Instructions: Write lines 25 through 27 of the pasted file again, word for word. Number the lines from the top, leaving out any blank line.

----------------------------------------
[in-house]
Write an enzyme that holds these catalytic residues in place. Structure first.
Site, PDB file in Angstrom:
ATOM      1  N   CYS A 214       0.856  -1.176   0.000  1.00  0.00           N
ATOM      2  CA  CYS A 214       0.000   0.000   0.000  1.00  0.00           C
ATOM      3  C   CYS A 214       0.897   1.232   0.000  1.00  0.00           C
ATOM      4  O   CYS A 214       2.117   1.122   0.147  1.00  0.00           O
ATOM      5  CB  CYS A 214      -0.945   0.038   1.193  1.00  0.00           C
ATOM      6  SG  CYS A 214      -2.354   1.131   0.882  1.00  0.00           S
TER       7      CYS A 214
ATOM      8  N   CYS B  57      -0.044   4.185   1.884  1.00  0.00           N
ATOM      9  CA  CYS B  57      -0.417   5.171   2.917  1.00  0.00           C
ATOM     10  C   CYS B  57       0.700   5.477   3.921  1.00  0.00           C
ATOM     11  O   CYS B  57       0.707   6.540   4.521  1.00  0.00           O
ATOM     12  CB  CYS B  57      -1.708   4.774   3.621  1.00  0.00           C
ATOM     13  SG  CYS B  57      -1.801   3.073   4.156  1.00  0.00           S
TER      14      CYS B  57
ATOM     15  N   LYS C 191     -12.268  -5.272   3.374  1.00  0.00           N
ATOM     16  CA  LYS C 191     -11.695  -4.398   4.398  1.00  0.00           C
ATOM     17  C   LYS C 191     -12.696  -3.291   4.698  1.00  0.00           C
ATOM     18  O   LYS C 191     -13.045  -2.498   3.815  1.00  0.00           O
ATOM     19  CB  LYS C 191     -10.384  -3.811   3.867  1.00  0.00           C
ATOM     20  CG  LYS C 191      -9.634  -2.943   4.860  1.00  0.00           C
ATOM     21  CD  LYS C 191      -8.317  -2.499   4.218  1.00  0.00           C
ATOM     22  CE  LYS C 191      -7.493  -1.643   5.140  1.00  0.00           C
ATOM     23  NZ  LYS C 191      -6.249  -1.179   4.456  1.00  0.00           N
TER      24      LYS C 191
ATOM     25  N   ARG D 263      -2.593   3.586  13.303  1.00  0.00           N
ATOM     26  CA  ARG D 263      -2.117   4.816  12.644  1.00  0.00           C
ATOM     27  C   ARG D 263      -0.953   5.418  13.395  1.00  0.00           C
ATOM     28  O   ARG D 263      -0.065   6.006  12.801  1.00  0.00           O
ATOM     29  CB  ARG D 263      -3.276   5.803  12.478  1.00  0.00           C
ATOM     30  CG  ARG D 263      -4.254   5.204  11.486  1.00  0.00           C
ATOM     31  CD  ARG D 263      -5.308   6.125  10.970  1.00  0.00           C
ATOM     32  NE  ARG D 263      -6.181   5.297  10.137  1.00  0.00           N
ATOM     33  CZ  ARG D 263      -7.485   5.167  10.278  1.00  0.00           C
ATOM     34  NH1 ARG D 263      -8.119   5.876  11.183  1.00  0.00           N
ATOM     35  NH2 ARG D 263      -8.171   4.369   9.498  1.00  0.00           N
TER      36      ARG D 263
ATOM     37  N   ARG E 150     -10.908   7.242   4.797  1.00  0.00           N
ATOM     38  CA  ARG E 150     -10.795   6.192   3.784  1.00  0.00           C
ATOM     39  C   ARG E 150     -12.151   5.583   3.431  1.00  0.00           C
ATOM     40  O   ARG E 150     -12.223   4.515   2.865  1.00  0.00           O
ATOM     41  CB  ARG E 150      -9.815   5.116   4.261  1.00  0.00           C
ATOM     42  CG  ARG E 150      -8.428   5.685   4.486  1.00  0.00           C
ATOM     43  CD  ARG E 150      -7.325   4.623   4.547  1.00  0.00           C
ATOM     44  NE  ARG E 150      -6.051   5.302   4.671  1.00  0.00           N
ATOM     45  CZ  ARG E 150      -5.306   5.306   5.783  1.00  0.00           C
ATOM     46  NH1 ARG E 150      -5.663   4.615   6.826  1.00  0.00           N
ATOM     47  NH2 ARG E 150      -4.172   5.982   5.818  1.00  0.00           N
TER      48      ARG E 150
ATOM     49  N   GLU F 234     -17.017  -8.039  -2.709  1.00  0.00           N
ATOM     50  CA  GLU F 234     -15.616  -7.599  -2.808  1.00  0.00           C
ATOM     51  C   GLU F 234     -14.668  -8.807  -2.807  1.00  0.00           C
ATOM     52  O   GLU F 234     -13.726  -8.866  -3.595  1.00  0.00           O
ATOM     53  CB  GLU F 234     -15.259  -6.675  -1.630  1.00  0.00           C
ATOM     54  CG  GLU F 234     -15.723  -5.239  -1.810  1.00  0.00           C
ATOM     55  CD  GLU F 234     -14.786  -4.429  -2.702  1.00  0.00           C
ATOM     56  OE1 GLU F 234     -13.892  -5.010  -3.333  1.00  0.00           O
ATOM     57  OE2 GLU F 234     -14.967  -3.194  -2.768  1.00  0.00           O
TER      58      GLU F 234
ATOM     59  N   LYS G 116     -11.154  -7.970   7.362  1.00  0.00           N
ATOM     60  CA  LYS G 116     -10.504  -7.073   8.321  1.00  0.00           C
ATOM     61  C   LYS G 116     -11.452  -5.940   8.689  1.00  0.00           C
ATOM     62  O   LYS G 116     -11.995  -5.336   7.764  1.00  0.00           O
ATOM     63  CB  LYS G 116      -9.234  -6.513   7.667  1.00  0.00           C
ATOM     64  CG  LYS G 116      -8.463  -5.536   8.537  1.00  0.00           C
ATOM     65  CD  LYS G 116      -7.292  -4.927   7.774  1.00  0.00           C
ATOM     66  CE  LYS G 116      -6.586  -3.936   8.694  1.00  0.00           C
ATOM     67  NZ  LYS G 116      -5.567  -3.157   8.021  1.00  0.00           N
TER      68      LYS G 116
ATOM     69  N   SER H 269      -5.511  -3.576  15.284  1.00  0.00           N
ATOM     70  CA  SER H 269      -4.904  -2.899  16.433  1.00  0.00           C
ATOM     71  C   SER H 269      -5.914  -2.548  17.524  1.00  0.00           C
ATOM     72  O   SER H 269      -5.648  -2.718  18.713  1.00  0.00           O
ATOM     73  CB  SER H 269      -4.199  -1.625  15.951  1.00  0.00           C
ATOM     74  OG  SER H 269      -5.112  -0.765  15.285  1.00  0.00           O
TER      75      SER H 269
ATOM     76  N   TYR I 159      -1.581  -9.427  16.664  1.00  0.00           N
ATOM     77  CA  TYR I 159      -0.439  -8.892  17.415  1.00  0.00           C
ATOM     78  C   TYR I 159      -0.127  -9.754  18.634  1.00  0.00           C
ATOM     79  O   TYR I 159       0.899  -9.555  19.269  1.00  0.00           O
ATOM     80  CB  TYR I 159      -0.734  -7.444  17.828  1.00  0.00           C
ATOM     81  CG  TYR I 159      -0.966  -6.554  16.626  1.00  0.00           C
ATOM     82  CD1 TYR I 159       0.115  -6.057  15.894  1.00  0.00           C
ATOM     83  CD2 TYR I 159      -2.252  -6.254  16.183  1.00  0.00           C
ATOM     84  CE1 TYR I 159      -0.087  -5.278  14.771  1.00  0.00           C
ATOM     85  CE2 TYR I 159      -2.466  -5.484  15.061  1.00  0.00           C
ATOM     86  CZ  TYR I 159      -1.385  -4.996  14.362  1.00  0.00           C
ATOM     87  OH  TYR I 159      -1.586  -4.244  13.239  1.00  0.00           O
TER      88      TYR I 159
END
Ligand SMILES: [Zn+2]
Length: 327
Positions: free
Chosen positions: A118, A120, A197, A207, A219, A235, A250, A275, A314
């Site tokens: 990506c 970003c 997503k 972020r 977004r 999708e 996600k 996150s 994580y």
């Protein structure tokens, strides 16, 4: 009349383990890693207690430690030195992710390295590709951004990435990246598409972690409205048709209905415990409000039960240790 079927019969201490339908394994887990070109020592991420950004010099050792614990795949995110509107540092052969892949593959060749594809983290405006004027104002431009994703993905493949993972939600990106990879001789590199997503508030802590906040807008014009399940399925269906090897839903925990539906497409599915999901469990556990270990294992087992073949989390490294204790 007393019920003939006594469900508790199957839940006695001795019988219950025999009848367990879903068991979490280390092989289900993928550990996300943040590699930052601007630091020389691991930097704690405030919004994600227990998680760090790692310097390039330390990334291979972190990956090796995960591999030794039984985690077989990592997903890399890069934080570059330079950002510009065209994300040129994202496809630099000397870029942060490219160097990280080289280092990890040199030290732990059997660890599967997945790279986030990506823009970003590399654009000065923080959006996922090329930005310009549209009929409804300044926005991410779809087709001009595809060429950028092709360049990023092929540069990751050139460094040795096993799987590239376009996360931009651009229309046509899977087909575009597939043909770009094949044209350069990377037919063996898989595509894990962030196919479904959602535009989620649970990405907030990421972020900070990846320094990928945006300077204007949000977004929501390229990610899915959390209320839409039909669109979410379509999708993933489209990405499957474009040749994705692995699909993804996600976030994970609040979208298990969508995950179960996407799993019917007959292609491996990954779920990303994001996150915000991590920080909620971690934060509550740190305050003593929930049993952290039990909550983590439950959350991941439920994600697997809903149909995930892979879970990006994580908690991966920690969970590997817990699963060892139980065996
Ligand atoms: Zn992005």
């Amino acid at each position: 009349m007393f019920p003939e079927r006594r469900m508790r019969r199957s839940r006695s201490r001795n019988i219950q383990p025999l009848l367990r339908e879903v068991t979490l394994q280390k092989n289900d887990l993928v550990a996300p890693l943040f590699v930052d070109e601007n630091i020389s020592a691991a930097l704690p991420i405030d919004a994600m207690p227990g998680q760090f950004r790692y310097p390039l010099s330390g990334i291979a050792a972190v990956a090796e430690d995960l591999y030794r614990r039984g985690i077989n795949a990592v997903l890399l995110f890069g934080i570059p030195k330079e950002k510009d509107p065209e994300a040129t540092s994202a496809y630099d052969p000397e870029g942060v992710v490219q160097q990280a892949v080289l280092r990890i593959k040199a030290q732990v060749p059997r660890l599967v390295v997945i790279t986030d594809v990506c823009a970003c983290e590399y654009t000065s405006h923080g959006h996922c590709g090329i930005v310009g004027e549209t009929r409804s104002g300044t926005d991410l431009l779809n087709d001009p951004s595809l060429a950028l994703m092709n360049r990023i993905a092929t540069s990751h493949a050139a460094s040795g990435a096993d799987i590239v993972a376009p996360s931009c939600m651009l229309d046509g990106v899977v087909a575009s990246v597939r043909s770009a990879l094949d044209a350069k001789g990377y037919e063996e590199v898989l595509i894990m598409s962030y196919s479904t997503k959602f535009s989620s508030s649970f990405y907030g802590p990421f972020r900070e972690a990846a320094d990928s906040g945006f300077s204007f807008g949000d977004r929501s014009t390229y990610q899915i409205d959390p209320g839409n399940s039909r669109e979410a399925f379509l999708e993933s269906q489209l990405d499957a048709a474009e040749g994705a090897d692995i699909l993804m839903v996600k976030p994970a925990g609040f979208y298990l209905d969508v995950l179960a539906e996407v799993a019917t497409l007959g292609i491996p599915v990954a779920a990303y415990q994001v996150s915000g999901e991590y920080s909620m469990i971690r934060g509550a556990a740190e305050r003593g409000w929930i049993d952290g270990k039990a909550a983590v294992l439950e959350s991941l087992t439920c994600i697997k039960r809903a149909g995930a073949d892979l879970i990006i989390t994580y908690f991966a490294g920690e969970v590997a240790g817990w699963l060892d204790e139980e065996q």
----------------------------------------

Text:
ATOM     22  CE  LYS C 191      -7.493  -1.643   5.140  1.00  0.00           C
ATOM     23  NZ  LYS C 191      -6.249  -1.179   4.456  1.00  0.00           N
TER      24      LYS C 191